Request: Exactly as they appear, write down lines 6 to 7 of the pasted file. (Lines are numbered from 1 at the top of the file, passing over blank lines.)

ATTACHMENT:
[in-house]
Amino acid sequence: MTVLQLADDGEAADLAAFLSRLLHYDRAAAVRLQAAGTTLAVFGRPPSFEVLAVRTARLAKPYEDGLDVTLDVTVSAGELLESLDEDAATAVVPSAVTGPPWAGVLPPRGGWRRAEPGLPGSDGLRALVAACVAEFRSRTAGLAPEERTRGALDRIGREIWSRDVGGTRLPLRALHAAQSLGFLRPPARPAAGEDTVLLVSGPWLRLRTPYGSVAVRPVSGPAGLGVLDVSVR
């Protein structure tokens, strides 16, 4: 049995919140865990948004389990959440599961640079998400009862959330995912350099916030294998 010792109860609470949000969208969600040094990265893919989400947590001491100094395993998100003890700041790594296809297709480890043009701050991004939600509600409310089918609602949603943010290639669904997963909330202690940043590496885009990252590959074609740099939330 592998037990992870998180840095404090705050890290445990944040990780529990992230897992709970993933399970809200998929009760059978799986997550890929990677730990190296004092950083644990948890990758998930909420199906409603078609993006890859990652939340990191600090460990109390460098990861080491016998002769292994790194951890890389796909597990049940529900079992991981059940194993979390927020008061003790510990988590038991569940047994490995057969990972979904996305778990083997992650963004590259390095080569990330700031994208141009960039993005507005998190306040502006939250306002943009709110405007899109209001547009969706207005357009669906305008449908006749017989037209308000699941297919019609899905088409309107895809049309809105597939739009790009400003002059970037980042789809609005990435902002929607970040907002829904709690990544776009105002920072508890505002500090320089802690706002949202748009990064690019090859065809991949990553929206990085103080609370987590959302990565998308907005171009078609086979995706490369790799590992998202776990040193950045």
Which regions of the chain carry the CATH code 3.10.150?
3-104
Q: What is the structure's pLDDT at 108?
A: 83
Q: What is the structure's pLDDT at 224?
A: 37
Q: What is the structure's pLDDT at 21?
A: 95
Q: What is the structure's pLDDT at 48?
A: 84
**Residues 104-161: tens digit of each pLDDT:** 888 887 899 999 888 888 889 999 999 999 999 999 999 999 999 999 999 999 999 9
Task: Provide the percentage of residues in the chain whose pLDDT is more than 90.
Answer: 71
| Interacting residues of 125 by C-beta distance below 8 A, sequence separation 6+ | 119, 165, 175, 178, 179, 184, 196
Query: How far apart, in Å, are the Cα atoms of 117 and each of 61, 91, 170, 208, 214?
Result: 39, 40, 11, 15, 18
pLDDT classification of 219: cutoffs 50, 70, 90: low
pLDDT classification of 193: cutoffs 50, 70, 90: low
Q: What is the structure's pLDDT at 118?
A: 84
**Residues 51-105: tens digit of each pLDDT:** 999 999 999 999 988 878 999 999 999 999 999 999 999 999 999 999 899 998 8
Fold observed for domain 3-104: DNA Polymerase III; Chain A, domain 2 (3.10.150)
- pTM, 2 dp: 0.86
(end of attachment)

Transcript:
Q: What is the structure's pLDDT at 108?
A: 83